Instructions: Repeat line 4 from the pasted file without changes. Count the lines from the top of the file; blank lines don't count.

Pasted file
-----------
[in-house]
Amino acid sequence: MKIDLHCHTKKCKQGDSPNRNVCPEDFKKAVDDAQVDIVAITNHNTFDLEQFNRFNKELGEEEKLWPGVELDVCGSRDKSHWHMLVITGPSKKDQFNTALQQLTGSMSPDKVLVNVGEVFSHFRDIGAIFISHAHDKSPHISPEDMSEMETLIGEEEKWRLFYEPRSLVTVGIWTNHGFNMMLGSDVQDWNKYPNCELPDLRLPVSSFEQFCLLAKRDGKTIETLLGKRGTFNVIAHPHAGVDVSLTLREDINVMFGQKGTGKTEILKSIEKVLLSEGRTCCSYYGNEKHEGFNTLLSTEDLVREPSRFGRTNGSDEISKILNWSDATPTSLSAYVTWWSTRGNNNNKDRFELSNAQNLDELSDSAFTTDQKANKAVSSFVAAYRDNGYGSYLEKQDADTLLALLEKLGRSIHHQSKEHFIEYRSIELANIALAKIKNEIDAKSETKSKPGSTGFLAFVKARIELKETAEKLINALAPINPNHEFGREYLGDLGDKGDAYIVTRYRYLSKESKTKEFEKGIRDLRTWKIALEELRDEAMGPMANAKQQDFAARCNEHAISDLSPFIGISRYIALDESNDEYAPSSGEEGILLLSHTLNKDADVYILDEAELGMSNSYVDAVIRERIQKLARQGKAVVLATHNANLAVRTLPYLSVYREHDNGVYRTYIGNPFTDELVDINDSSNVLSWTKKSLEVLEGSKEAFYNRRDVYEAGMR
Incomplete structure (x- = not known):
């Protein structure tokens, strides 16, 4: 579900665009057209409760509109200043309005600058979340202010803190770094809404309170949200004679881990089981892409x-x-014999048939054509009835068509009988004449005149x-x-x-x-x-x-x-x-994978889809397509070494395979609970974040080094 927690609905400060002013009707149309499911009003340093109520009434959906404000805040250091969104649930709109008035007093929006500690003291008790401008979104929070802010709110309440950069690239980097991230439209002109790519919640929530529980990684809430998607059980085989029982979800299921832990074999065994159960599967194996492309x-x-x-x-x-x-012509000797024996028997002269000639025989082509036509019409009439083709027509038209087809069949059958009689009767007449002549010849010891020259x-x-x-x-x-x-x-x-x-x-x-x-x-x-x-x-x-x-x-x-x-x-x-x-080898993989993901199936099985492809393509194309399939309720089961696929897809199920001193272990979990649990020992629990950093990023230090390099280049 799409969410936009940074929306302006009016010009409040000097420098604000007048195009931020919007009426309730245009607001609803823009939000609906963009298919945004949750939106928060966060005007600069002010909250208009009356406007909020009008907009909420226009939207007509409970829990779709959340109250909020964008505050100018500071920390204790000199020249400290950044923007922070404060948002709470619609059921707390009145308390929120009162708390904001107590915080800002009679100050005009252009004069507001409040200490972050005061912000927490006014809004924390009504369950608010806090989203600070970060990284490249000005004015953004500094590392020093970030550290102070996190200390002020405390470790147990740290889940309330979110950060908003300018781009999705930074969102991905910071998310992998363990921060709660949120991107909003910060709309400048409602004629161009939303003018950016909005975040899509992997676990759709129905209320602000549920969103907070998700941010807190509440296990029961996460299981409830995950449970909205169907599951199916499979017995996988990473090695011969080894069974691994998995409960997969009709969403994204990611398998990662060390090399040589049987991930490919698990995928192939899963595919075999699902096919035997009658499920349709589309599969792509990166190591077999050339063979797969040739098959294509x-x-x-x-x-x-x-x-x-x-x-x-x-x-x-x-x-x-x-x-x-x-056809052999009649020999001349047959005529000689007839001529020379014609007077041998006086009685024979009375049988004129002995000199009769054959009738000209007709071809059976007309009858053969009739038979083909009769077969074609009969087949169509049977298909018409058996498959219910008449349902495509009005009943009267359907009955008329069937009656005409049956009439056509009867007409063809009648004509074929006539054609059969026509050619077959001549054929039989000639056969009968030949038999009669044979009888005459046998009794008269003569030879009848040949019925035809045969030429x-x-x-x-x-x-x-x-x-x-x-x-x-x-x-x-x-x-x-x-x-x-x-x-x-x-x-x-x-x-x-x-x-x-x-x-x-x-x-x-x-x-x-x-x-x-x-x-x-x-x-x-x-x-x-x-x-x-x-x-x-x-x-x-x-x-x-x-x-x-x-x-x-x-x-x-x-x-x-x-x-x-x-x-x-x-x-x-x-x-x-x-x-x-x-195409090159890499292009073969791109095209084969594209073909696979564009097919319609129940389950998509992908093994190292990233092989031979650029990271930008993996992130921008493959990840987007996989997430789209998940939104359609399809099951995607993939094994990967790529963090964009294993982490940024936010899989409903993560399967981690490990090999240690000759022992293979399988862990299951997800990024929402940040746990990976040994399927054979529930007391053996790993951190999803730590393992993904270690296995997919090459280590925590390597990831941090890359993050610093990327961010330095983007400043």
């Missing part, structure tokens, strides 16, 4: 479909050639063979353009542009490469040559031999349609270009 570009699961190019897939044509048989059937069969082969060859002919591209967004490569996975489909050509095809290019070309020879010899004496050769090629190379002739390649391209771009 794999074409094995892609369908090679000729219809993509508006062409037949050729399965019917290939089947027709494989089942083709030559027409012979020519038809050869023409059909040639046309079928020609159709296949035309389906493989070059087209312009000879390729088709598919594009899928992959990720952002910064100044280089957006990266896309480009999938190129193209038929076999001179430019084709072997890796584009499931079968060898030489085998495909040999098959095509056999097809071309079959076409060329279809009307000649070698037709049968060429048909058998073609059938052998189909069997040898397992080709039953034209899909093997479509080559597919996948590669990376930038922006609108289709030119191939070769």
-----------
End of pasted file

């Protein structure tokens, strides 16, 4: 579900665009057209409760509109200043309005600058979340202010803190770094809404309170949200004679881990089981892409x-x-014999048939054509009835068509009988004449005149x-x-x-x-x-x-x-x-994978889809397509070494395979609970974040080094 927690609905400060002013009707149309499911009003340093109520009434959906404000805040250091969104649930709109008035007093929006500690003291008790401008979104929070802010709110309440950069690239980097991230439209002109790519919640929530529980990684809430998607059980085989029982979800299921832990074999065994159960599967194996492309x-x-x-x-x-x-012509000797024996028997002269000639025989082509036509019409009439083709027509038209087809069949059958009689009767007449002549010849010891020259x-x-x-x-x-x-x-x-x-x-x-x-x-x-x-x-x-x-x-x-x-x-x-x-080898993989993901199936099985492809393509194309399939309720089961696929897809199920001193272990979990649990020992629990950093990023230090390099280049 799409969410936009940074929306302006009016010009409040000097420098604000007048195009931020919007009426309730245009607001609803823009939000609906963009298919945004949750939106928060966060005007600069002010909250208009009356406007909020009008907009909420226009939207007509409970829990779709959340109250909020964008505050100018500071920390204790000199020249400290950044923007922070404060948002709470619609059921707390009145308390929120009162708390904001107590915080800002009679100050005009252009004069507001409040200490972050005061912000927490006014809004924390009504369950608010806090989203600070970060990284490249000005004015953004500094590392020093970030550290102070996190200390002020405390470790147990740290889940309330979110950060908003300018781009999705930074969102991905910071998310992998363990921060709660949120991107909003910060709309400048409602004629161009939303003018950016909005975040899509992997676990759709129905209320602000549920969103907070998700941010807190509440296990029961996460299981409830995950449970909205169907599951199916499979017995996988990473090695011969080894069974691994998995409960997969009709969403994204990611398998990662060390090399040589049987991930490919698990995928192939899963595919075999699902096919035997009658499920349709589309599969792509990166190591077999050339063979797969040739098959294509x-x-x-x-x-x-x-x-x-x-x-x-x-x-x-x-x-x-x-x-x-x-056809052999009649020999001349047959005529000689007839001529020379014609007077041998006086009685024979009375049988004129002995000199009769054959009738000209007709071809059976007309009858053969009739038979083909009769077969074609009969087949169509049977298909018409058996498959219910008449349902495509009005009943009267359907009955008329069937009656005409049956009439056509009867007409063809009648004509074929006539054609059969026509050619077959001549054929039989000639056969009968030949038999009669044979009888005459046998009794008269003569030879009848040949019925035809045969030429x-x-x-x-x-x-x-x-x-x-x-x-x-x-x-x-x-x-x-x-x-x-x-x-x-x-x-x-x-x-x-x-x-x-x-x-x-x-x-x-x-x-x-x-x-x-x-x-x-x-x-x-x-x-x-x-x-x-x-x-x-x-x-x-x-x-x-x-x-x-x-x-x-x-x-x-x-x-x-x-x-x-x-x-x-x-x-x-x-x-x-x-x-x-x-195409090159890499292009073969791109095209084969594209073909696979564009097919319609129940389950998509992908093994190292990233092989031979650029990271930008993996992130921008493959990840987007996989997430789209998940939104359609399809099951995607993939094994990967790529963090964009294993982490940024936010899989409903993560399967981690490990090999240690000759022992293979399988862990299951997800990024929402940040746990990976040994399927054979529930007391053996790993951190999803730590393992993904270690296995997919090459280590925590390597990831941090890359993050610093990327961010330095983007400043």